The fact that one of Boris Johnson's first acts as prime minister was to set out a domestic agenda to turbo-charge UK regional growth and prosperity will find a cautious welcome from those outside London and the South East.
Many will ask if this pledge on new intercity rail routes, with Manchester to Leeds being first on the list, is a significant step in rebalancing the UK economy or simply an eye catching early announcement from a new PM? We are optimistic at the RICS that it is the former.
Mr Johnson's statement that 'I want to be the PM who does with Northern Powerhouse Rail what we did with Crossrail in London' chimes with what then-chancellor George Osborne said, also in Manchester, when launching the Northern Powerhouse just over five years ago.
While that clearly caught the imagination of the North and sparked much more cooperation across the region, it has not (yet) seen much difference on the ground. The wider northern region is still much poorer than the south, in terms of housing, economic growth, wage levels, inward investment and transport infrastructure.
While some may shrug and say, "we've heard this before", it would be hasty to dismiss the prime minister's statement – in fact, it is a strong signal that the political will is there to see the promises of the Northern Powerhouse delivered.
It was good to see Boris Johnson at the weekend striding alongside Barry White, chief executive of Transport for the North (TfN), a key authority in the development of plans to improve the east-west road and rail networks.
RICS support the work of TfN and the transport infrastructure blueprint they have produced, especially the £39bn plan for Northern Powerhouse Rail to link up Liverpool and Manchester to Sheffield, Leeds, Newcastle and Hull.
The arguments for investment in better transport connectivity across the region would seem to be obvious – but Parag Khanna, founder and managing partner of FutureMap, a data and scenario based strategic advisory firm, summed it up well in his keynote speech at this year's RICS World Built Environment Forum.
The international bestselling author and holder of a PhD from the London School of Economics described connectivity as the most important asset class of the 21st century. He said, today infrastructure and supply chains are more important than nations and borders and the world is no longer defined by countries but by mega-cities.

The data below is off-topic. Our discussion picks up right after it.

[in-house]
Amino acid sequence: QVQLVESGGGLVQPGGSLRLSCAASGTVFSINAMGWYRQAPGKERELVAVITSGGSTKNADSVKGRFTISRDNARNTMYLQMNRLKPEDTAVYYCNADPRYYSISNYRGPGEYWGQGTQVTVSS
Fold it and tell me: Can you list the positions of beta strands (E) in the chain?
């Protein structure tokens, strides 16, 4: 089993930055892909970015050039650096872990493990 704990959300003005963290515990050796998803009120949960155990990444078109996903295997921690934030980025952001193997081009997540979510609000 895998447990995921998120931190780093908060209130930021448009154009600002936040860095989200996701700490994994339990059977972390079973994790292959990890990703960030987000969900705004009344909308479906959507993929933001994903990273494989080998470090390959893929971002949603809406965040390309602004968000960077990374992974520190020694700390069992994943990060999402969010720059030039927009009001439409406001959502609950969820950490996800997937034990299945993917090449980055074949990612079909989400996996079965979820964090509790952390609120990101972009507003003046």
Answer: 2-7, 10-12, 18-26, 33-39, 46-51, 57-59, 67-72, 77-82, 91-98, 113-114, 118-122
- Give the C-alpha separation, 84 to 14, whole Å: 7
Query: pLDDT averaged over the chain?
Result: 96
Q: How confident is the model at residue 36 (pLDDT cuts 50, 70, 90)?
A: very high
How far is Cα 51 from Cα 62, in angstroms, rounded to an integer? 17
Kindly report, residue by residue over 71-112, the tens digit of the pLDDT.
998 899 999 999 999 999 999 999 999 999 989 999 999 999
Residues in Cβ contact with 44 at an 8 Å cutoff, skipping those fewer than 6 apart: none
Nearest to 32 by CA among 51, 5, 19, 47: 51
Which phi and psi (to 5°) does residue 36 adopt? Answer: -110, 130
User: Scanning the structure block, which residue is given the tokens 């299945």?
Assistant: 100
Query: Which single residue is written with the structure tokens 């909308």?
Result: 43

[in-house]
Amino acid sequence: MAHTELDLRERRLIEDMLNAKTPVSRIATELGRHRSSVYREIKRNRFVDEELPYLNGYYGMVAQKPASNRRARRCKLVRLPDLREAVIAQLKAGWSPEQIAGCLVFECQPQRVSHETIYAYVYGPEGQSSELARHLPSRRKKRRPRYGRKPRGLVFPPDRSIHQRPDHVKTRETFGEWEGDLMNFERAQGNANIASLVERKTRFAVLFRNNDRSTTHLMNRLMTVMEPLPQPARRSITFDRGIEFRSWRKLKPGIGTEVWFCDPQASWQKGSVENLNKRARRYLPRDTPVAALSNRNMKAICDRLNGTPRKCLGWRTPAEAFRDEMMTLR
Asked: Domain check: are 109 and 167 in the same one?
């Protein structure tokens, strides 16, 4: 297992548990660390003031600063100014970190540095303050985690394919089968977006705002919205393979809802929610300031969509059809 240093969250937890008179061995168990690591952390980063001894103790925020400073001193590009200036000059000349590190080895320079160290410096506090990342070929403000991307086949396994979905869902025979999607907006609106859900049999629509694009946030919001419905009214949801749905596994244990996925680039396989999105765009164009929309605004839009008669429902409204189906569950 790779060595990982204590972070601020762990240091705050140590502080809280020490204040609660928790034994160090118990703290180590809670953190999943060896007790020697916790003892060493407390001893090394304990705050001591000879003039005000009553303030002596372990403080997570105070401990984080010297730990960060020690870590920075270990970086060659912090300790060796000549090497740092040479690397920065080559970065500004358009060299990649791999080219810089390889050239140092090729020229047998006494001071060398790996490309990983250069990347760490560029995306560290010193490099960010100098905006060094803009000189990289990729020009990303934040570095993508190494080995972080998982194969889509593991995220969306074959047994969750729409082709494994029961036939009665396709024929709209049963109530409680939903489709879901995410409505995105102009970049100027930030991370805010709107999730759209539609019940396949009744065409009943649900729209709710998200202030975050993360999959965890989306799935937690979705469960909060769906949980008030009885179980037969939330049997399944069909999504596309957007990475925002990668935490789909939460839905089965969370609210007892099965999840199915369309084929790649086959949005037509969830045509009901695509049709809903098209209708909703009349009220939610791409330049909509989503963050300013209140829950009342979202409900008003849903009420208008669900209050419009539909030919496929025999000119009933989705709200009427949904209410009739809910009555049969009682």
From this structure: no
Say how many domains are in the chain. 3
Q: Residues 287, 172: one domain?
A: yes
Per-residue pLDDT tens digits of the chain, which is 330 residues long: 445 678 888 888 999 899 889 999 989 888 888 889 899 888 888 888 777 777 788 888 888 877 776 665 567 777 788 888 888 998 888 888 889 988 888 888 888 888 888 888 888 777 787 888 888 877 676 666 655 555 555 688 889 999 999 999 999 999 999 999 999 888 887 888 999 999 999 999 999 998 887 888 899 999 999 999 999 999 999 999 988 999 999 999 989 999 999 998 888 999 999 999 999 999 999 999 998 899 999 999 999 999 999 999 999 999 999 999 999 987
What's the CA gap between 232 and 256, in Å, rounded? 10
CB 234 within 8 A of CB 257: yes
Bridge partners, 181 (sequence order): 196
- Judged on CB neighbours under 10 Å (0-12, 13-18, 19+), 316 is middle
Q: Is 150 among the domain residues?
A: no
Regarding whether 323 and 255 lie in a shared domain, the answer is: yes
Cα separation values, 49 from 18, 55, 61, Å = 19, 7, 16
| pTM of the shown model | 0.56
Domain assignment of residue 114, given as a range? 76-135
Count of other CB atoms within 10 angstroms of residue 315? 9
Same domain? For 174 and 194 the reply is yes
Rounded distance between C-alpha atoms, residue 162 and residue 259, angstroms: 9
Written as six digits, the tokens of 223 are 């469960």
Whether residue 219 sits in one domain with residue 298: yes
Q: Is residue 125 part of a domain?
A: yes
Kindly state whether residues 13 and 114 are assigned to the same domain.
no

Stressing that this does not mean there should be less investment outside of mega-cities, he said there are currently 4 billion people in the world that are under-served by their government. One of the reasons for this is that governments forget that infrastructure doesn't make money in itself, it rather provides the opportunity for others to make money.
It is this that needs funding and the prime minister made a clear commitment to deliver it with detailed plans to be published in the autumn – albeit after a review of HS2.
The negativity around HS2 is worrying. Greater Manchester mayor Andy Burnham and other regional leaders have stressed that HS2 must be completed and integrated with Northern Powerhouse Rail to achieve the maximum benefits.
Regarding future infrastructure building, RICS will be pressing government and all organisations involved to adopt the highest professional standards.
The work of RICS and other professional bodies involved in the International Construction Measurement Standards Coalition has already been picked up by Network Rail and Highways England, two of the main partners involved with HS2 and Northern Powerhouse Rail.
The RICS-backed International Construction Measurement Standards (ICMS) has been developed by a group of more than 40 professional and not-for-profit organisations from around the world, working together to develop and implement international standards for benchmarking, measuring and reporting construction project cost.
RICS’ influence in decision-making has again been recognised, with the report into the regulation of residential agents in the United Kingdom including a number of our recommendations.
Policy Manager (North & Midlands)
Geoff is part of the RICS UK External Affairs team which addresses policy, public affairs and press activity to support the organisation’s aims of building influence, credibility and profile to gain recognition of professional standards. Working closely with RICS members, Geoff identifies the challenges and opportunities facing those working in the profession in order to support the delivery, within a public interest mandate, of a vibrant and sustainable land, property and construction sector.